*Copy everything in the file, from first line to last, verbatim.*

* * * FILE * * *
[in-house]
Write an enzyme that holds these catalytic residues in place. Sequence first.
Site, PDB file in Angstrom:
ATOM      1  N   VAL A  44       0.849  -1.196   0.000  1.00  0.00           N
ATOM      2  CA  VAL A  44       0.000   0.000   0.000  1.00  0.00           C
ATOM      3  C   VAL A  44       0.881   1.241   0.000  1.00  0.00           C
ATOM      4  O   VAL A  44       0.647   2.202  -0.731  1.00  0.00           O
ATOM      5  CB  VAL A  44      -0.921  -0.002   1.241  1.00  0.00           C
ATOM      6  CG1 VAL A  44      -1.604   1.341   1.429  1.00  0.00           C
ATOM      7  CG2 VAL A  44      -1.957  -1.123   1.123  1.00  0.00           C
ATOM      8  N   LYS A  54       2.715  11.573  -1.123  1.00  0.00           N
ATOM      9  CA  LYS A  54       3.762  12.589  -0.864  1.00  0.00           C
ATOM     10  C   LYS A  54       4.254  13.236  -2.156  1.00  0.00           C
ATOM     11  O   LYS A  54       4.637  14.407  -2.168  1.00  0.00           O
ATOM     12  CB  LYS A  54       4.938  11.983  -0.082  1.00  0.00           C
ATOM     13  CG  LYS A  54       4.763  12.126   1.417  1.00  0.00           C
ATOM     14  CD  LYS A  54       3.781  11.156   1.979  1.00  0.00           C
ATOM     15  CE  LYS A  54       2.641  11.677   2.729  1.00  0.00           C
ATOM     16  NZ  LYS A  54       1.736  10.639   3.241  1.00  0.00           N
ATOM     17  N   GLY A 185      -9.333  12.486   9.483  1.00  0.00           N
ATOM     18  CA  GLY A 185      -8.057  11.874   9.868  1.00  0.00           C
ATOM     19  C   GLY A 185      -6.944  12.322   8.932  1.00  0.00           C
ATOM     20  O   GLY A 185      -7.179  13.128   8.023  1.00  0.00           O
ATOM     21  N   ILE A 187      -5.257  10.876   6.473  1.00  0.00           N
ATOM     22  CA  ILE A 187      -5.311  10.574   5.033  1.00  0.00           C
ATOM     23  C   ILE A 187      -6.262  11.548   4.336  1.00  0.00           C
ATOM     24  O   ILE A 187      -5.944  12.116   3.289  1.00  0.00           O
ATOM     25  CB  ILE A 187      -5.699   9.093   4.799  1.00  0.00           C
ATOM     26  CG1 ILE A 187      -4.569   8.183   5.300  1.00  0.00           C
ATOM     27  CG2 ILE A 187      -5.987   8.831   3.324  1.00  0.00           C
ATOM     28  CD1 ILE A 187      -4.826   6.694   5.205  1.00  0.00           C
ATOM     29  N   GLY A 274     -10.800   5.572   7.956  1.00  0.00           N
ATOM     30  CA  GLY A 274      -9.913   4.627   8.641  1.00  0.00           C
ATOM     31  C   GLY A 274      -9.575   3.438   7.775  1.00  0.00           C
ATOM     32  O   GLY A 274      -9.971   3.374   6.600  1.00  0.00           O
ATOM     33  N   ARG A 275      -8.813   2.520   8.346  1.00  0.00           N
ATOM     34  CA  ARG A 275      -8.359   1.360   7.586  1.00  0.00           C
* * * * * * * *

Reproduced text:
[in-house]
Write an enzyme that holds these catalytic residues in place. Sequence first.
Site, PDB file in Angstrom:
ATOM      1  N   VAL A  44       0.849  -1.196   0.000  1.00  0.00           N
ATOM      2  CA  VAL A  44       0.000   0.000   0.000  1.00  0.00           C
ATOM      3  C   VAL A  44       0.881   1.241   0.000  1.00  0.00           C
ATOM      4  O   VAL A  44       0.647   2.202  -0.731  1.00  0.00           O
ATOM      5  CB  VAL A  44      -0.921  -0.002   1.241  1.00  0.00           C
ATOM      6  CG1 VAL A  44      -1.604   1.341   1.429  1.00  0.00           C
ATOM      7  CG2 VAL A  44      -1.957  -1.123   1.123  1.00  0.00           C
ATOM      8  N   LYS A  54       2.715  11.573  -1.123  1.00  0.00           N
ATOM      9  CA  LYS A  54       3.762  12.589  -0.864  1.00  0.00           C
ATOM     10  C   LYS A  54       4.254  13.236  -2.156  1.00  0.00           C
ATOM     11  O   LYS A  54       4.637  14.407  -2.168  1.00  0.00           O
ATOM     12  CB  LYS A  54       4.938  11.983  -0.082  1.00  0.00           C
ATOM     13  CG  LYS A  54       4.763  12.126   1.417  1.00  0.00           C
ATOM     14  CD  LYS A  54       3.781  11.156   1.979  1.00  0.00           C
ATOM     15  CE  LYS A  54       2.641  11.677   2.729  1.00  0.00           C
ATOM     16  NZ  LYS A  54       1.736  10.639   3.241  1.00  0.00           N
ATOM     17  N   GLY A 185      -9.333  12.486   9.483  1.00  0.00           N
ATOM     18  CA  GLY A 185      -8.057  11.874   9.868  1.00  0.00           C
ATOM     19  C   GLY A 185      -6.944  12.322   8.932  1.00  0.00           C
ATOM     20  O   GLY A 185      -7.179  13.128   8.023  1.00  0.00           O
ATOM     21  N   ILE A 187      -5.257  10.876   6.473  1.00  0.00           N
ATOM     22  CA  ILE A 187      -5.311  10.574   5.033  1.00  0.00           C
ATOM     23  C   ILE A 187      -6.262  11.548   4.336  1.00  0.00           C
ATOM     24  O   ILE A 187      -5.944  12.116   3.289  1.00  0.00           O
ATOM     25  CB  ILE A 187      -5.699   9.093   4.799  1.00  0.00           C
ATOM     26  CG1 ILE A 187      -4.569   8.183   5.300  1.00  0.00           C
ATOM     27  CG2 ILE A 187      -5.987   8.831   3.324  1.00  0.00           C
ATOM     28  CD1 ILE A 187      -4.826   6.694   5.205  1.00  0.00           C
ATOM     29  N   GLY A 274     -10.800   5.572   7.956  1.00  0.00           N
ATOM     30  CA  GLY A 274      -9.913   4.627   8.641  1.00  0.00           C
ATOM     31  C   GLY A 274      -9.575   3.438   7.775  1.00  0.00           C
ATOM     32  O   GLY A 274      -9.971   3.374   6.600  1.00  0.00           O
ATOM     33  N   ARG A 275      -8.813   2.520   8.346  1.00  0.00           N
ATOM     34  CA  ARG A 275      -8.359   1.360   7.586  1.00  0.00           C